10 Tips for Teaching Eco-Conscious Students

When it comes to buying school supplies, many students worry about how much of what they use goes to waste. Today’s kids are incredibly aware of the environment around them and many want to go to extra lengths to go “green.”

To help foster interest in the environment, here are 10 tips to make your classroom an eco-friendly environment.

1. Start with school supplies.
Your school supply list is one of the first impressions your students will have of your classroom. Set an immediate example of your dedication to helping the environment through your school supply list. Don’t require your students to buy excessive amounts of materials, and ask students to buy natural materials to help the environment. Consider speaking about products that make a positive impact on the world such as the new Me To We line of back-to-school products available at Staples. For the first time, students and parents have the power to make a difference with their back-to-school purchases and help children in need in Latin America, Africa and Asia.

2. Plan your classroom.
Before your students arrive on the first day of school, plan how your classroom will appeal to eco-conscious students. Bring in a few extra plants to add more life to your room. If you have a sink in your classroom, make sure the faucet does not leak. Making small improvements around your classroom has a big impact on students who love “green” living.

3. Create a classroom culture around the recycling.
From the first day of school, set the expectation that in your classroom, everyone helps the environment. Encourage your students to recycle all papers and trash in your classroom, and build a lesson around recycling to get them on board.

4. Bring in organic snacks.
If you bring snacks for your students to share on birthdays or special days, make your snacks organic and environmentally friendly. Not only will you help your students eat a little bit healthier, but you’ll also show your passion for helping the environment.

5. Make your projects Earth-friendly.
Don’t ask your students who love the environment to print out excessive amounts of paper for a project. Instead, encourage your students to turn in homework and projects in a more environmentally friendly way, such as emailing homework instead of wasting paper and ink.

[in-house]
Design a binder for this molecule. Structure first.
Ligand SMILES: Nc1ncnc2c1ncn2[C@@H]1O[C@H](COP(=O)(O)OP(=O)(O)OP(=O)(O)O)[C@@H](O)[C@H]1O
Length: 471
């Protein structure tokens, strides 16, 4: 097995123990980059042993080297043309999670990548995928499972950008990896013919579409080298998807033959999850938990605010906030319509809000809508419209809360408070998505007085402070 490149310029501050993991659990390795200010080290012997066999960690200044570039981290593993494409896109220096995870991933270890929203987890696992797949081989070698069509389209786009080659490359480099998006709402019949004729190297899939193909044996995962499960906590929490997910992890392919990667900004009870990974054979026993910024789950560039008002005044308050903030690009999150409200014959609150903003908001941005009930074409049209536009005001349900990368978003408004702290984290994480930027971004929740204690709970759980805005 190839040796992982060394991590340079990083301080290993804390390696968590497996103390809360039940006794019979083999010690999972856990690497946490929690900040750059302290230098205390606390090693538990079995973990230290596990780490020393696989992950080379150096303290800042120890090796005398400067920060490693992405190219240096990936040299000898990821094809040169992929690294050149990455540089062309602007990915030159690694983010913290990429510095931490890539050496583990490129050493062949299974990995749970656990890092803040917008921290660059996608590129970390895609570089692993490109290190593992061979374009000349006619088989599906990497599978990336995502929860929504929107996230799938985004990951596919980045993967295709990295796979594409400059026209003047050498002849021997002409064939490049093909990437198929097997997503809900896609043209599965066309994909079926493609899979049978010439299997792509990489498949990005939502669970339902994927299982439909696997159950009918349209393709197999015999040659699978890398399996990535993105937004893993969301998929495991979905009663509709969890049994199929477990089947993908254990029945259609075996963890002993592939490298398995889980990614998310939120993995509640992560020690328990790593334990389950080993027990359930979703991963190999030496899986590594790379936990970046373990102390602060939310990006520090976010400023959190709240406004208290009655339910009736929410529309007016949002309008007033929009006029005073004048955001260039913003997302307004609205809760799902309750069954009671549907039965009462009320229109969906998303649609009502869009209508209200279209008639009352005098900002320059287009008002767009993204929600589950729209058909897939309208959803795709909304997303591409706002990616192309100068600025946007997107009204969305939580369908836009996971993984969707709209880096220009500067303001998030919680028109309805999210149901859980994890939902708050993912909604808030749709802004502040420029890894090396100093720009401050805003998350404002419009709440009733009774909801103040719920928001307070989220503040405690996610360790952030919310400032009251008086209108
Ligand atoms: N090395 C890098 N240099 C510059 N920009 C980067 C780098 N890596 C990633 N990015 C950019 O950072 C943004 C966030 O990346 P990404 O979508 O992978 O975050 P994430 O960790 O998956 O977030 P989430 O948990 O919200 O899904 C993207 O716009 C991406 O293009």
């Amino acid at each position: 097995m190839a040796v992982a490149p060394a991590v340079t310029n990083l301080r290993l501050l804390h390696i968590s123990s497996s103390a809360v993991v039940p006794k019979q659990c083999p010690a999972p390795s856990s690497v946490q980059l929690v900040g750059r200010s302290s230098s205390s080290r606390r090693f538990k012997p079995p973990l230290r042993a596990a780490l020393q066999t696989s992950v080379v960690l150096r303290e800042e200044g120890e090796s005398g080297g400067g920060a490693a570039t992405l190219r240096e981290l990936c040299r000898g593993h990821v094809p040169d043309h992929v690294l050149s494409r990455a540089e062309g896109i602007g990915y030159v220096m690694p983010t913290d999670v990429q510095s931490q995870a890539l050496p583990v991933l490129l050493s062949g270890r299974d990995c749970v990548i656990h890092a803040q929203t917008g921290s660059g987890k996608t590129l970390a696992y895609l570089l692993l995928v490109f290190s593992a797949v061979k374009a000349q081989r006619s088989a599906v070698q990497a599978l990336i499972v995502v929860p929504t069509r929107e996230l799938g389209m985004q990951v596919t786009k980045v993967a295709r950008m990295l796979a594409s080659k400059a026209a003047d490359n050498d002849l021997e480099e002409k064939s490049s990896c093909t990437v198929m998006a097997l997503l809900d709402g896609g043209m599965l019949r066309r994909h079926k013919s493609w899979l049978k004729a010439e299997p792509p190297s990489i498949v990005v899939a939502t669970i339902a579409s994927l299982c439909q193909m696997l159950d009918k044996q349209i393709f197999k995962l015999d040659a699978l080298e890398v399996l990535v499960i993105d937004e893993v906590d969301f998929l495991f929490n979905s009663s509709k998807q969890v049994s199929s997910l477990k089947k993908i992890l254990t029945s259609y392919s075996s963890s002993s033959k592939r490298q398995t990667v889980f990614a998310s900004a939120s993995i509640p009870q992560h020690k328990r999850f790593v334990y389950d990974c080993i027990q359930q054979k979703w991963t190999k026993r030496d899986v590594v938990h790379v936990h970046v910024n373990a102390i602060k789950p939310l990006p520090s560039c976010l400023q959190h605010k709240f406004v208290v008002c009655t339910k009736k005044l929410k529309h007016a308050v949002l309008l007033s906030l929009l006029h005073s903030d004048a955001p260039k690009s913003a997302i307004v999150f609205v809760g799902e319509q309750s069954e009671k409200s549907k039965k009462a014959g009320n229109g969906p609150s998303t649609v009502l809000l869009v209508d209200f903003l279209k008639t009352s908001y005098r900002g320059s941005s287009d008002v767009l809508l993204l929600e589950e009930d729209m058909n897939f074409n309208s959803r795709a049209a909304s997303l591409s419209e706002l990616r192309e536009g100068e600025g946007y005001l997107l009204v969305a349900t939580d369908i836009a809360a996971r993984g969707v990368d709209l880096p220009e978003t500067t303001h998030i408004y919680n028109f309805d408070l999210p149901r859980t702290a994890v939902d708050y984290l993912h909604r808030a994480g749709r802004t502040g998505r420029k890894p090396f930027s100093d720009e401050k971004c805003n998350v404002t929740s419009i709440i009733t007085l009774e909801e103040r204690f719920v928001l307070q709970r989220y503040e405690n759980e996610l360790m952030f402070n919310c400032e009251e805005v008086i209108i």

6. Plan one big environment project for your entire classroom.
Each year, bring your students together to collaborate on one big project. This project teaches teamwork and unites your classroom while working on major action to help the environment. For example, you can plant a tree or adopt a highway. Also, look at what some companies are doing to promote the environment – especially some of the awards and bursaries available to your school, classroom or community group. It’s a nice way to get students to work together for a good cause/program.

7. Go on eco-conscious field trips.
No matter what subject you teach, your students will appreciate getting out for a field trip a few times each semester. Incorporate eco-friendly elements where you can: if you can take the bus instead of recruiting multiple parents to drive, you’ll save gas. Go visit your local recycling centre to show your students what happens to their plastic bottles.

8. Set a good example outside of the classroom.
Your students are watching you whether you realize it or not. Continue all of the eco-friendly habits you teach about in your classroom in your daily life. For example, you can carpool to school with another teacher, or bring Fair Trade coffee into your classroom to drink each morning. Your students will notice more than you might realize.

9. Go outside.
Instead of keeping your students stuck inside with their noses in books, take your classroom outside. Find a spot in the shade for your students to read. Go with your classroom to the courtyard while they write reports or brainstorm in study groups. Getting kids outside and in the environment they love will stimulate learning and make it more fun.

10. Have fun with it.
Kids will be kids. Wearing your students out on environmentally friendly activities could have a reverse effect from what you’re trying to achieve.  Making your classroom focused around eco-friendly activities should not lead to moans and groans. Keep every project, experiment, and field trip enjoyable and upbeat so your students continue to have a passion for saving the environment.

From before the start of school and long after your students leave your classroom, set a positive example. With these teaching tips both inside and outside the classroom, your eco-conscious students will develop a new respect for you as a teacher and person.

By Susan Payton

July 14, 2014

Small Business Content Developer at BizLaunch.com